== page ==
cover image The Year’s Best Military SF & Space Opera

The Year’s Best Military SF & Space Opera

Edited by David Afsharirad. Baen, $15 trade paper (384p) ISBN 978-1-4767-8058-0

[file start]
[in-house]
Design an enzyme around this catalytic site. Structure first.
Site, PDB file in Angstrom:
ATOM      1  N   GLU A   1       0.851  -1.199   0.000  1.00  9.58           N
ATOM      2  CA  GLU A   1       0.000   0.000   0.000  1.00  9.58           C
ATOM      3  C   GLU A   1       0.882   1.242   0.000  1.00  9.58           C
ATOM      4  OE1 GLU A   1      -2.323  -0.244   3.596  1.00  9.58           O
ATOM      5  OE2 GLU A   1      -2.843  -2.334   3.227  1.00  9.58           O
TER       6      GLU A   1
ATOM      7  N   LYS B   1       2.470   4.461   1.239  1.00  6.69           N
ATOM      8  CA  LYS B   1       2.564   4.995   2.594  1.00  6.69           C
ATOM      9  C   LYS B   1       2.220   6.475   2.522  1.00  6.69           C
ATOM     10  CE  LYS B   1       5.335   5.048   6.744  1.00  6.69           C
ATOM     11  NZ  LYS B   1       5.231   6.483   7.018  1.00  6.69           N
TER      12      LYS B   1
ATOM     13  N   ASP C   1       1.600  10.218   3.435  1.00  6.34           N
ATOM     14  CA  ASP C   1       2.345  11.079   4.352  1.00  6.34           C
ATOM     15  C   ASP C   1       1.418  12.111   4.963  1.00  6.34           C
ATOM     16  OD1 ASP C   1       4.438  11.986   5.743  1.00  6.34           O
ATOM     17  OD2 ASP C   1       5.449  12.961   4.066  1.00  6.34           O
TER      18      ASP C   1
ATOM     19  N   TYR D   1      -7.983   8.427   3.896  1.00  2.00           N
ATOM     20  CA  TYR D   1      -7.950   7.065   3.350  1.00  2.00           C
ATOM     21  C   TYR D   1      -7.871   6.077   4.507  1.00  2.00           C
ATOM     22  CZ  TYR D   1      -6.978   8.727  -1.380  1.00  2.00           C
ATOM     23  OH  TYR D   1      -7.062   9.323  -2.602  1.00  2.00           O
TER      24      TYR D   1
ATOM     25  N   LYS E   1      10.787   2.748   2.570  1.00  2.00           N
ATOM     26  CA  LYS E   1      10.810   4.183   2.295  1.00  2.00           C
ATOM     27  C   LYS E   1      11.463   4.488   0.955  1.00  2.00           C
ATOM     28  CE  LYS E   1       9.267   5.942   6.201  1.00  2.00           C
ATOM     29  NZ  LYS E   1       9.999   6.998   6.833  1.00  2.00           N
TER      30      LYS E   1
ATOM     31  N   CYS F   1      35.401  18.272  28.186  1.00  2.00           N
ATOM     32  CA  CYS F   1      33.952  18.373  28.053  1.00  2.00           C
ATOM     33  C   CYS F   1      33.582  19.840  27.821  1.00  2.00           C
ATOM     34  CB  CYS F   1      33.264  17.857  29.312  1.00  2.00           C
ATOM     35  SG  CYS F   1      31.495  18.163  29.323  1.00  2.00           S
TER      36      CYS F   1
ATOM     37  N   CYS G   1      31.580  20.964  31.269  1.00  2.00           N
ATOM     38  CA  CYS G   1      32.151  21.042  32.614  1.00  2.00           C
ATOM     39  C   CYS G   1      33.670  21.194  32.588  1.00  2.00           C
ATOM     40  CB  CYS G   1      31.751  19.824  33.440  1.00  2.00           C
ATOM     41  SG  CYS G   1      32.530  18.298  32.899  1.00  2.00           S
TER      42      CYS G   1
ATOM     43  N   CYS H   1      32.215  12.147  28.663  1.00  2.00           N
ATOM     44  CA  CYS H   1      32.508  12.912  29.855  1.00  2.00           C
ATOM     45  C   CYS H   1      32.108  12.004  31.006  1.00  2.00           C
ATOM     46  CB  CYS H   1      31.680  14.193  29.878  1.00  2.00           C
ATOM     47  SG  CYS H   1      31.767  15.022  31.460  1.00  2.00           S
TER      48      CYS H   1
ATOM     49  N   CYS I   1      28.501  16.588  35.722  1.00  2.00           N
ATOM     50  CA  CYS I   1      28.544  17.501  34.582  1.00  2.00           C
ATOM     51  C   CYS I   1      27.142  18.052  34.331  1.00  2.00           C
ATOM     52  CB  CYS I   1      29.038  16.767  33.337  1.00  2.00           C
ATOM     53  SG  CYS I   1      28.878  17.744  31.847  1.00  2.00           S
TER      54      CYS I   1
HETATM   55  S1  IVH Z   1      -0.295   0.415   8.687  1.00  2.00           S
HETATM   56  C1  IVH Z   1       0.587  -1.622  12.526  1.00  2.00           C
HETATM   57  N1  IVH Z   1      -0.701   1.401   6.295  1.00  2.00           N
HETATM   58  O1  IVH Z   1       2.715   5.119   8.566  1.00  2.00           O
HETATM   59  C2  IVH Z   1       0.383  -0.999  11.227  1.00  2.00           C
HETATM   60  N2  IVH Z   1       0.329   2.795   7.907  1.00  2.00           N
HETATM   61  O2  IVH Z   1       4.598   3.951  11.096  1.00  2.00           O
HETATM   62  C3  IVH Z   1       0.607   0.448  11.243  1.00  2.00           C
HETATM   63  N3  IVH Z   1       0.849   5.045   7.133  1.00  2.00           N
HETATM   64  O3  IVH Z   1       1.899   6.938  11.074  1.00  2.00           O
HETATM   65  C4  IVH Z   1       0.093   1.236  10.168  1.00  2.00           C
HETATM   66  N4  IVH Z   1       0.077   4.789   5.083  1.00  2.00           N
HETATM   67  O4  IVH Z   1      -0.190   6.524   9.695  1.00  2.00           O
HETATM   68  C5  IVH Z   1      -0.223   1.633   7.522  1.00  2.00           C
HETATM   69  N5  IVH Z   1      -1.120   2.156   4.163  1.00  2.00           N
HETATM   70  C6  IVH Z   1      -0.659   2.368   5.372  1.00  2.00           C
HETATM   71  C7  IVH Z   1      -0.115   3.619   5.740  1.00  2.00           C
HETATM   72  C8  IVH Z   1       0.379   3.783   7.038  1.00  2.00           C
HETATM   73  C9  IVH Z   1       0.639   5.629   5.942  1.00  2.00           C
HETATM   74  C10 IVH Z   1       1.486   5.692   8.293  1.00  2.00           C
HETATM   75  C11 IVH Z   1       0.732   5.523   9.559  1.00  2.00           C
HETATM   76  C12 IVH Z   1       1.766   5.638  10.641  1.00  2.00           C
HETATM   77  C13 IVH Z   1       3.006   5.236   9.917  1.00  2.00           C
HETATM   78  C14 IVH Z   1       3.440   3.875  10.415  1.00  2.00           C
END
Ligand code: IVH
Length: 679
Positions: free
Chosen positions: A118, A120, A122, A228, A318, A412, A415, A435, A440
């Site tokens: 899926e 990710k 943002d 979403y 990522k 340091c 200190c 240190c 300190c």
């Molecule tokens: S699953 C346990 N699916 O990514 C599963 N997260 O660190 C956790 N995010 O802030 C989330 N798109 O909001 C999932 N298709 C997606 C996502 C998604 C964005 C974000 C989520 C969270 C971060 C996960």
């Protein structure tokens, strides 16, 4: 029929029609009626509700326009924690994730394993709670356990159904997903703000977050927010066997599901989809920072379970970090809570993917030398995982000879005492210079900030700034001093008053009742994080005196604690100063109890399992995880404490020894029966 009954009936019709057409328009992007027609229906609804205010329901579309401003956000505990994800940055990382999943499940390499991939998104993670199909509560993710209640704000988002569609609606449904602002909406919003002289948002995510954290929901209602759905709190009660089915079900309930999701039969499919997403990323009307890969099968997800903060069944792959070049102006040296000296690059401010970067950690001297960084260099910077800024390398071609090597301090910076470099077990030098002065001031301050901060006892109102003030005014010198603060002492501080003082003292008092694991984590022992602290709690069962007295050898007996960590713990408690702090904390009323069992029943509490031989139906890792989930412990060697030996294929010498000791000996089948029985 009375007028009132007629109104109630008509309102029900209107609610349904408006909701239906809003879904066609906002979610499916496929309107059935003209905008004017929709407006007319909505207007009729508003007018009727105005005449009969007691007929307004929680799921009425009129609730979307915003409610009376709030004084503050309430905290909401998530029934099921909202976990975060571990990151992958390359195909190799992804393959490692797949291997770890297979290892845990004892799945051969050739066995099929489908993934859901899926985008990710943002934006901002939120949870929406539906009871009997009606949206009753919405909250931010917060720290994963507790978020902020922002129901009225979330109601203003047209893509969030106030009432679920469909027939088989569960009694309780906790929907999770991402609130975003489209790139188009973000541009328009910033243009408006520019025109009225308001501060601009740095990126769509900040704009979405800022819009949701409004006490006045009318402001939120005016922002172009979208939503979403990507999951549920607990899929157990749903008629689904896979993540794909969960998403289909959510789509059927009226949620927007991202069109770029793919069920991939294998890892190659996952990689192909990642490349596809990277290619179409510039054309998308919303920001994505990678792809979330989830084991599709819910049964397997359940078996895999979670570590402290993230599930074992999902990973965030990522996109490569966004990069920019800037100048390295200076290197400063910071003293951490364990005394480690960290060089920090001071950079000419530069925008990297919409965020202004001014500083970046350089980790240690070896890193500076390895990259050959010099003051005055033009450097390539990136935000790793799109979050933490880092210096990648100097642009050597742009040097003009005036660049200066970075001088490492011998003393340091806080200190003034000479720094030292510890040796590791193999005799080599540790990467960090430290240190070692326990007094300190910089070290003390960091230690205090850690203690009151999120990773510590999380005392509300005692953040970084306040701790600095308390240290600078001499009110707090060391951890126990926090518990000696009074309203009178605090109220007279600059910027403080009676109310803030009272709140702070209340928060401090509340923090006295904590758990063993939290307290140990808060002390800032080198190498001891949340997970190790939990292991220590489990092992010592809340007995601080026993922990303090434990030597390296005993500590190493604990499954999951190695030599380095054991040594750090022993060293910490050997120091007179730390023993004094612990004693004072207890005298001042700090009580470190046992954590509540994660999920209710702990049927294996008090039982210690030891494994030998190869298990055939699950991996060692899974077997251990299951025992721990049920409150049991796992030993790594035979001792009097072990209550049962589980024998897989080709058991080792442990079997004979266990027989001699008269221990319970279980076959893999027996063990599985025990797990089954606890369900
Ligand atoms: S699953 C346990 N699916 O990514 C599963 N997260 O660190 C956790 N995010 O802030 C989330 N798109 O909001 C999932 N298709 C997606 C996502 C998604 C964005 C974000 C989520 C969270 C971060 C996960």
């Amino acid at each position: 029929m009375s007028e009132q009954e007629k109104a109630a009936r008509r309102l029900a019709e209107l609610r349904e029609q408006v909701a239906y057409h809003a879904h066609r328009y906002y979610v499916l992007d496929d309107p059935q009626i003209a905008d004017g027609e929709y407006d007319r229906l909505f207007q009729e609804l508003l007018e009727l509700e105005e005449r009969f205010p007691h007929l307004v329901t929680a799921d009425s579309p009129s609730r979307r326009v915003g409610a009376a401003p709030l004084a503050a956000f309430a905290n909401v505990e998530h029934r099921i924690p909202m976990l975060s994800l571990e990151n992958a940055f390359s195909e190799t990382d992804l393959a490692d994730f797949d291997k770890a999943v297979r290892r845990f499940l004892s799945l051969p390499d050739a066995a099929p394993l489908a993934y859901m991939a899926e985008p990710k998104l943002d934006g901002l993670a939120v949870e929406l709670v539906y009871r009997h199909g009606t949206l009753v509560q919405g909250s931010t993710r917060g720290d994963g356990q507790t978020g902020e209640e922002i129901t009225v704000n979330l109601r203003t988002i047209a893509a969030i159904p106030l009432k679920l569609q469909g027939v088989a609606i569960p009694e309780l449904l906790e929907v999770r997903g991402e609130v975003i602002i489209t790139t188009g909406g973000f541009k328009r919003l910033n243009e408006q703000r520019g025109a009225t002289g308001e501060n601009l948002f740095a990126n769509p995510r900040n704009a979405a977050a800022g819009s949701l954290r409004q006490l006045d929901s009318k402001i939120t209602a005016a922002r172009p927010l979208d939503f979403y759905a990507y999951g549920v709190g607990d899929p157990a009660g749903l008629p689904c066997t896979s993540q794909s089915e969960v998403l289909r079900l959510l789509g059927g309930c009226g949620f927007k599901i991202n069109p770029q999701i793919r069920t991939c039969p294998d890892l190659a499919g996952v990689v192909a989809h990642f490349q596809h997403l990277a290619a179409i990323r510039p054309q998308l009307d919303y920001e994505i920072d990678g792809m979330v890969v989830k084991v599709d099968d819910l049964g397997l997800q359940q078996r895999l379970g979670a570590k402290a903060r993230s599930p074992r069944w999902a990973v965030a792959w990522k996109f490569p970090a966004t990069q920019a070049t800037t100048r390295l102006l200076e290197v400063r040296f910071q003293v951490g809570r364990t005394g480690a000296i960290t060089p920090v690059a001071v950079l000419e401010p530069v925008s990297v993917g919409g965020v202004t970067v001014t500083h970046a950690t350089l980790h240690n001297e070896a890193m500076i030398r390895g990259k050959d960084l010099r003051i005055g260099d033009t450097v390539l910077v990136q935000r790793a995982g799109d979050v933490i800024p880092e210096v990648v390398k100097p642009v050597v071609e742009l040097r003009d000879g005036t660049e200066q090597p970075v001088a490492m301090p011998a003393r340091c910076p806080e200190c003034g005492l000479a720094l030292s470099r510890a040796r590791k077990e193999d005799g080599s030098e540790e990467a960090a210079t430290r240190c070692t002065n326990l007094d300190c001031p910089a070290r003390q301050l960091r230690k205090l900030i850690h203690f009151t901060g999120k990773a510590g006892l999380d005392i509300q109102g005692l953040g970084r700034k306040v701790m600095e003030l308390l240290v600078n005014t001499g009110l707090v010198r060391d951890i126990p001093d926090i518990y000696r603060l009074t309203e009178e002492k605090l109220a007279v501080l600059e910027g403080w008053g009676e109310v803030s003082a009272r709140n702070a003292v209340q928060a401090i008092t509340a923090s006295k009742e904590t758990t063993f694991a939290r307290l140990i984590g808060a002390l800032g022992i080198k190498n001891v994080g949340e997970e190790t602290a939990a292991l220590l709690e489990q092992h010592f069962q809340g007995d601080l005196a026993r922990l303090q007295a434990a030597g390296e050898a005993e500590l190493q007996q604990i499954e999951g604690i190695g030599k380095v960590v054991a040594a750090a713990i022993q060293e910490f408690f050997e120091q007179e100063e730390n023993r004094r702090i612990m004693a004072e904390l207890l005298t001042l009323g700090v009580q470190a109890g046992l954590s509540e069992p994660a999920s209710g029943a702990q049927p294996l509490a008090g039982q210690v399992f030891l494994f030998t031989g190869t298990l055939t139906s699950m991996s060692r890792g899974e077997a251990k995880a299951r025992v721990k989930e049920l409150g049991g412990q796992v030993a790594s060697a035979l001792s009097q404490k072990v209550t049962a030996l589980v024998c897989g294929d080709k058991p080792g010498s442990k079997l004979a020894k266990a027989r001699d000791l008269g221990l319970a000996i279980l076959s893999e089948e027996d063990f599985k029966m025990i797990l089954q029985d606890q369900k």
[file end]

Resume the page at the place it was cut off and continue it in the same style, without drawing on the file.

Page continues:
While some visions of humanity’s future place us in a society of peace and plenty, many others take darker trajectories. This intriguing anthology explores the human race’s violent potential, with horrors such as the shock of psychological warfare in Michael Z. Williamson’s “Soft Casualty.” Humans use ever more sophisticated methods of waging war on each other (Linda Nagata’s “Codename: Delphi”) or against aliens (Derek Künsken’s “Persephone Descending”). But not every story is dark or devastating. Holly Black’s “Ten Rules for Being an Intergalactic Smuggler (the Successful Kind)” is a sweet, entertaining story of cross-species friendship against an otherwise bleak backdrop, and William Ledbetter’s “Stealing Arturo” shows a man facing difficult and dangerous tasks in order to rescue a child he hardly knows. The anthology also bends toward exploration and the triumph of the human spirit, with brave tales such as Eric Leif Davin’s “Icarus at Noon,” in which a man is determined to beat the robots and probes to be the first to land on the last unexplored piece of the solar system. Every story takes the reader on a fascinating, thought-provoking, enjoyable journey into the militarized future. (June)